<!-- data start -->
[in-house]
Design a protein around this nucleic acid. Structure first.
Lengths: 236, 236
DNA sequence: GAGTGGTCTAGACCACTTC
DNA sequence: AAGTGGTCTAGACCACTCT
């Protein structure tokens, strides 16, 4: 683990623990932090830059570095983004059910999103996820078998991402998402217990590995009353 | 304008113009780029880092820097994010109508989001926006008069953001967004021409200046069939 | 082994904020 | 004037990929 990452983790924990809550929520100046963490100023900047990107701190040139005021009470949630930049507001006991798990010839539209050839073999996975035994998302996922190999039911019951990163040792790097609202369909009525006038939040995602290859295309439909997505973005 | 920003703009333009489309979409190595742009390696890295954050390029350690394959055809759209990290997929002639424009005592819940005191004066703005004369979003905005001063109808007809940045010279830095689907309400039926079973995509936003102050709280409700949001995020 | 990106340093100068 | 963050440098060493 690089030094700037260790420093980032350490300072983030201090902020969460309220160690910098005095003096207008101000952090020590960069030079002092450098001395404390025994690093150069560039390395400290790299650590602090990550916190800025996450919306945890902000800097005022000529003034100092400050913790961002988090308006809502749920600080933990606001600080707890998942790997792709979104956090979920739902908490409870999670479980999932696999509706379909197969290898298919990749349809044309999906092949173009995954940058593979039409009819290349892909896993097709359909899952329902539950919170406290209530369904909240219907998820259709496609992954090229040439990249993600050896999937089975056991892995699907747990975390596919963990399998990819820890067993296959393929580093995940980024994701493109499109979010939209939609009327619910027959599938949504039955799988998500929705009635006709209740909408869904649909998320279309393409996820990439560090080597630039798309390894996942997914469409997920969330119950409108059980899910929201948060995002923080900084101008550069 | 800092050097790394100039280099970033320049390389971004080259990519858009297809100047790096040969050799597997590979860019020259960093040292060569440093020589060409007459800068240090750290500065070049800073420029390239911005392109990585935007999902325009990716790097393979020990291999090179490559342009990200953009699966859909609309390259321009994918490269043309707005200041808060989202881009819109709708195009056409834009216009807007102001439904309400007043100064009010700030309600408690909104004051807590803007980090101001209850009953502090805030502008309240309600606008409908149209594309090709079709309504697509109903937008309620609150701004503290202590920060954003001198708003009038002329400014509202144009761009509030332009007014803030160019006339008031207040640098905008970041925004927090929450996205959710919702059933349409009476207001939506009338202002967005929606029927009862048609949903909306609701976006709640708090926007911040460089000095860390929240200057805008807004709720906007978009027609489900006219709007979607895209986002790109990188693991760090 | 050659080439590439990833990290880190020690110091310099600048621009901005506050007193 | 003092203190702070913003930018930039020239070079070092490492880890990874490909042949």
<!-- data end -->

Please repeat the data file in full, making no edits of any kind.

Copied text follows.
[in-house]
Design a protein around this nucleic acid. Structure first.
Lengths: 236, 236
DNA sequence: GAGTGGTCTAGACCACTTC
DNA sequence: AAGTGGTCTAGACCACTCT
């Protein structure tokens, strides 16, 4: 683990623990932090830059570095983004059910999103996820078998991402998402217990590995009353 | 304008113009780029880092820097994010109508989001926006008069953001967004021409200046069939 | 082994904020 | 004037990929 990452983790924990809550929520100046963490100023900047990107701190040139005021009470949630930049507001006991798990010839539209050839073999996975035994998302996922190999039911019951990163040792790097609202369909009525006038939040995602290859295309439909997505973005 | 920003703009333009489309979409190595742009390696890295954050390029350690394959055809759209990290997929002639424009005592819940005191004066703005004369979003905005001063109808007809940045010279830095689907309400039926079973995509936003102050709280409700949001995020 | 990106340093100068 | 963050440098060493 690089030094700037260790420093980032350490300072983030201090902020969460309220160690910098005095003096207008101000952090020590960069030079002092450098001395404390025994690093150069560039390395400290790299650590602090990550916190800025996450919306945890902000800097005022000529003034100092400050913790961002988090308006809502749920600080933990606001600080707890998942790997792709979104956090979920739902908490409870999670479980999932696999509706379909197969290898298919990749349809044309999906092949173009995954940058593979039409009819290349892909896993097709359909899952329902539950919170406290209530369904909240219907998820259709496609992954090229040439990249993600050896999937089975056991892995699907747990975390596919963990399998990819820890067993296959393929580093995940980024994701493109499109979010939209939609009327619910027959599938949504039955799988998500929705009635006709209740909408869904649909998320279309393409996820990439560090080597630039798309390894996942997914469409997920969330119950409108059980899910929201948060995002923080900084101008550069 | 800092050097790394100039280099970033320049390389971004080259990519858009297809100047790096040969050799597997590979860019020259960093040292060569440093020589060409007459800068240090750290500065070049800073420029390239911005392109990585935007999902325009990716790097393979020990291999090179490559342009990200953009699966859909609309390259321009994918490269043309707005200041808060989202881009819109709708195009056409834009216009807007102001439904309400007043100064009010700030309600408690909104004051807590803007980090101001209850009953502090805030502008309240309600606008409908149209594309090709079709309504697509109903937008309620609150701004503290202590920060954003001198708003009038002329400014509202144009761009509030332009007014803030160019006339008031207040640098905008970041925004927090929450996205959710919702059933349409009476207001939506009338202002967005929606029927009862048609949903909306609701976006709640708090926007911040460089000095860390929240200057805008807004709720906007978009027609489900006219709007979607895209986002790109990188693991760090 | 050659080439590439990833990290880190020690110091310099600048621009901005506050007193 | 003092203190702070913003930018930039020239070079070092490492880890990874490909042949």